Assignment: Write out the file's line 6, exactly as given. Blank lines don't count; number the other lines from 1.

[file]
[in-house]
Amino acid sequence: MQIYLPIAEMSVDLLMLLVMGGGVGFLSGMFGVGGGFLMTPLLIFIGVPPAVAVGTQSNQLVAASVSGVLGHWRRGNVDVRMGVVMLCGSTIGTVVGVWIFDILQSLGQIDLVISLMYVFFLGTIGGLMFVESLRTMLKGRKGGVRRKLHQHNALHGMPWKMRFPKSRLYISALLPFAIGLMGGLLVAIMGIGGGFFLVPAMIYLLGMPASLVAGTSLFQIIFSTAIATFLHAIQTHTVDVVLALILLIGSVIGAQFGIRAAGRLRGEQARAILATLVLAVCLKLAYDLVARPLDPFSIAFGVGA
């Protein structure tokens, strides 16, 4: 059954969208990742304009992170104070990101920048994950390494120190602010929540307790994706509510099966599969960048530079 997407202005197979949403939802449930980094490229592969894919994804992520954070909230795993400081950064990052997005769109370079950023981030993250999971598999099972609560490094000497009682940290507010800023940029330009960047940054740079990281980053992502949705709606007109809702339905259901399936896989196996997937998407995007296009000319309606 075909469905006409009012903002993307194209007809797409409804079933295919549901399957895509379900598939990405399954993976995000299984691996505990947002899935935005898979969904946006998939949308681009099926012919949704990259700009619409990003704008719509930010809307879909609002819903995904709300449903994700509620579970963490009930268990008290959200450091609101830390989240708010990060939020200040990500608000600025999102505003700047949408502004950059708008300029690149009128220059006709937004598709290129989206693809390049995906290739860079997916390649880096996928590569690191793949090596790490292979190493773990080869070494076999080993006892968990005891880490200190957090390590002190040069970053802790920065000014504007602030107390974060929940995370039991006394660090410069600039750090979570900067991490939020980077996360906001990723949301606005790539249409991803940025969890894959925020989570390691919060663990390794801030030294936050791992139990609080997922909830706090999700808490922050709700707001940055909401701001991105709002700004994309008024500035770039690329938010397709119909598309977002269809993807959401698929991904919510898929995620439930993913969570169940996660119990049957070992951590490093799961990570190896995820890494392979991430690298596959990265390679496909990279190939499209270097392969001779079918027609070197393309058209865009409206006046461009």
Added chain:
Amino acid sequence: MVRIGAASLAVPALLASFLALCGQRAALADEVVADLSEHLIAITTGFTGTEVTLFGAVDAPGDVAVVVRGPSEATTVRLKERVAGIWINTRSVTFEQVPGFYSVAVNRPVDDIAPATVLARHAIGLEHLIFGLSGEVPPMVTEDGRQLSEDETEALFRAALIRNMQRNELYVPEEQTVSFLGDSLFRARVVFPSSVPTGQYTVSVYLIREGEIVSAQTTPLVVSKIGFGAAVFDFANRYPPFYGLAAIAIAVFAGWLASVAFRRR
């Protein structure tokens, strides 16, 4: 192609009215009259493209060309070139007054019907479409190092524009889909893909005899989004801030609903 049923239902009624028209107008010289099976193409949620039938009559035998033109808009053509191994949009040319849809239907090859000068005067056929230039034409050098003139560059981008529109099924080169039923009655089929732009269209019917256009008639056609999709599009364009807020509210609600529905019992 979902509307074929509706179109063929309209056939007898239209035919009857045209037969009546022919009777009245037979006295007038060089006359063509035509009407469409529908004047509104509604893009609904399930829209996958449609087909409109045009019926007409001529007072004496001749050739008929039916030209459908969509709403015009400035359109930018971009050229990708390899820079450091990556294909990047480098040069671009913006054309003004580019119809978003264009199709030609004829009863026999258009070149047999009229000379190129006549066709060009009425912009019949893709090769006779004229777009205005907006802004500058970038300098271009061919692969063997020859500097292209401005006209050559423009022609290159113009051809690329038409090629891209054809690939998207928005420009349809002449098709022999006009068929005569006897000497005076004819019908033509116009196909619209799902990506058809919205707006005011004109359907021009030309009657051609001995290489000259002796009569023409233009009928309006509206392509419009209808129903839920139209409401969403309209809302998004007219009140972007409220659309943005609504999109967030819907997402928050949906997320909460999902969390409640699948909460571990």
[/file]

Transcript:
């Protein structure tokens, strides 16, 4: 192609009215009259493209060309070139007054019907479409190092524009889909893909005899989004801030609903 049923239902009624028209107008010289099976193409949620039938009559035998033109808009053509191994949009040319849809239907090859000068005067056929230039034409050098003139560059981008529109099924080169039923009655089929732009269209019917256009008639056609999709599009364009807020509210609600529905019992 979902509307074929509706179109063929309209056939007898239209035919009857045209037969009546022919009777009245037979006295007038060089006359063509035509009407469409529908004047509104509604893009609904399930829209996958449609087909409109045009019926007409001529007072004496001749050739008929039916030209459908969509709403015009400035359109930018971009050229990708390899820079450091990556294909990047480098040069671009913006054309003004580019119809978003264009199709030609004829009863026999258009070149047999009229000379190129006549066709060009009425912009019949893709090769006779004229777009205005907006802004500058970038300098271009061919692969063997020859500097292209401005006209050559423009022609290159113009051809690329038409090629891209054809690939998207928005420009349809002449098709022999006009068929005569006897000497005076004819019908033509116009196909619209799902990506058809919205707006005011004109359907021009030309009657051609001995290489000259002796009569023409233009009928309006509206392509419009209808129903839920139209409401969403309209809302998004007219009140972007409220659309943005609504999109967030819907997402928050949906997320909460999902969390409640699948909460571990």